Fish is Back
I’ve been thinking about writing this post for a couple of weeks now, but wasn’t quite sure how to go about it. As many of my friends know, I’ve been vegetarian for over a year and half, eating mostly tofu, Tempeh, beans and the occasional egg for protein, and a variety of vegetables, fruits, and corn and rice products. However, over the last month, I’ve made a few changes to my diet: (i) reduced my consumption of soy products – especially soy yogurt, soy milk, tofu & Tempeh, (ii) added more eggs and egg whites, as a source of protein, and (iii) added fish back into my diet. And honestly – I feel better after making these changes.
There are several reasons why I made these changes, but before I elaborate, I do want to emphasize that everyone is different, and has different likes/dislikes, food tolerances and a different metabolism. What works for one person may not work for another, and it is crucial to really listen to your body and do what makes you feel and function at your best – all within your own level of moral and ethical comfort. For the last few months, I had noticed that I was feeling more tired than usual, was sore after workouts for longer, and was losing some hair (yikes!). Then, during a physical checkup, my doctor reported back that both my iron and protein levels were very low – and this was despite the fact that I had been eating (what I thought was enough) protein in the form of soy, beans and the occasional egg & egg whites. I also thought that I was getting enough iron from the beans and dark leafy greens, but evidently not. Moreover, I was also concerned about my heavy reliance on soy products for protein (there is much debate on the benefits vs dangers of too much soy due to the phytoestrogens it contains and how these hormone-like substances can affect your own hormone levels).
True, there are many individuals who follow a vegan or vegetarian diet and do remarkably well on it – but I may not be one of them. It took me a while to accept this. And I admit, I felt torn with guilt at the thought of “giving up” on a vegetarian diet, and felt like a hypocrite for starting to eat fish again when I had been such an advocate for vegetarian diets. But I also had to acknowledge and accept my own likes/dislikes and my own lifestyle. I just don’t like a lot of pulses and large amounts of beans – my body does not like digesting them and I don’t like spending the time cooking them…Plain and simple – and the harsh truth. Hence my heavy dependence on soy the previous year; it was just easier to stir fry tofu & Tempeh than plan out a bean-based meal. For me anyway…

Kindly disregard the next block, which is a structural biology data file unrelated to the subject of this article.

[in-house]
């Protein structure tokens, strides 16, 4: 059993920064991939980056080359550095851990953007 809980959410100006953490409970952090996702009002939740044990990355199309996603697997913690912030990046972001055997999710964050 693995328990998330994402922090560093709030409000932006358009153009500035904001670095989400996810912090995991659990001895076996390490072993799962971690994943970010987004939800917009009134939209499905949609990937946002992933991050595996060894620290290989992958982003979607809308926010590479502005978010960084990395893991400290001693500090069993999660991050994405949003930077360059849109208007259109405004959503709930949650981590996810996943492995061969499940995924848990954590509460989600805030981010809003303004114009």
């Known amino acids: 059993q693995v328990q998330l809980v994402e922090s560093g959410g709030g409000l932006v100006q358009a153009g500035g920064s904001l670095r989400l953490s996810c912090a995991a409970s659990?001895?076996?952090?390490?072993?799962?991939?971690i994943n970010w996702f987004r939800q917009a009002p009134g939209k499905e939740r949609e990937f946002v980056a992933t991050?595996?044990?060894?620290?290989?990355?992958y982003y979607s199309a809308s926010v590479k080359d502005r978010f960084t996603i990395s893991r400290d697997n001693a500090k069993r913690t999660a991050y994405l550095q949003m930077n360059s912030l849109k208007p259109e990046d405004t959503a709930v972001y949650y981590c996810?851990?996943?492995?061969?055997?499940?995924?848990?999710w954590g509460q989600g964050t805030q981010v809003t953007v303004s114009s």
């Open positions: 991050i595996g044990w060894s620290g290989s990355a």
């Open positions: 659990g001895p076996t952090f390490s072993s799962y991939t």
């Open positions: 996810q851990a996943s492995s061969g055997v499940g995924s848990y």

So lately, I’ve added some tuna and the occasional bites of salmon back into my life, and cut back on soy. I don’t eat poultry or red meat (still wrestle with the humane side of the issue), but I do buy organic and cage-free eggs, and sustainably caught tuna and other fish. I’m not sure if I will eat poultry or red meat again – maybe, but maybe not. I can however say that I won’t be so harsh in “sticking to an ideal” or idea at all costs, and try to be “ethically flexible” if that can be called a phrase. By that I mean buying local, organic and minimally processed food whenever possible, and to eat a primarily plant-based diet. However, I no longer say that I’m vegetarian because I’m honestly not – I eat fish and will probably continue to do so, but mindfully and only if I really want it – not simply because it may be convenient. At the end of the day, I think that a diet that is based on natural, minimally processed foods, that do not place an excessive burden on the environment is ideal – but it is also equally important to care of yourself and be healthy. So if something in your way of eating is not working for you then don’t be afraid to change it. Finding what works best for you is often hard and may take some experimentation, but it’s worth it in the end – especially if it turns into a lifestyle that you can maintain and one that seems ‘natural’ and not any form of a forced ‘diet.’ After all, this blog is called “Coffee Beans and Greens,” and is about trying to maintain a balance in life – and that includes balancing my concern for the environment with maintaining my own health.
So sorry for the lengthy post – but I did want to express my views on this subject. And with that, I’ll also leave you with my ‘fish’ addition that I had earlier this week: Easy Tuna Salad
Easy Tuna Salad
1 6 oz can light tuna, drained
1 large carrot, washed and diced
1 – 1.5 Tbs light mayo
1 tsp Dijon mustard
1 Tbs raisins
1 Tbs chopped walnuts
1/2 tsp cumin
Pinch of black pepper
Dash of hot sauce
1 – 2 Tbs mashed avocado (Optional)
1. Combine all the above ingredients in a bowl and divide into two portions.
2. Add to a salad, sandwich or wrap with additional greens and avocado (if desired)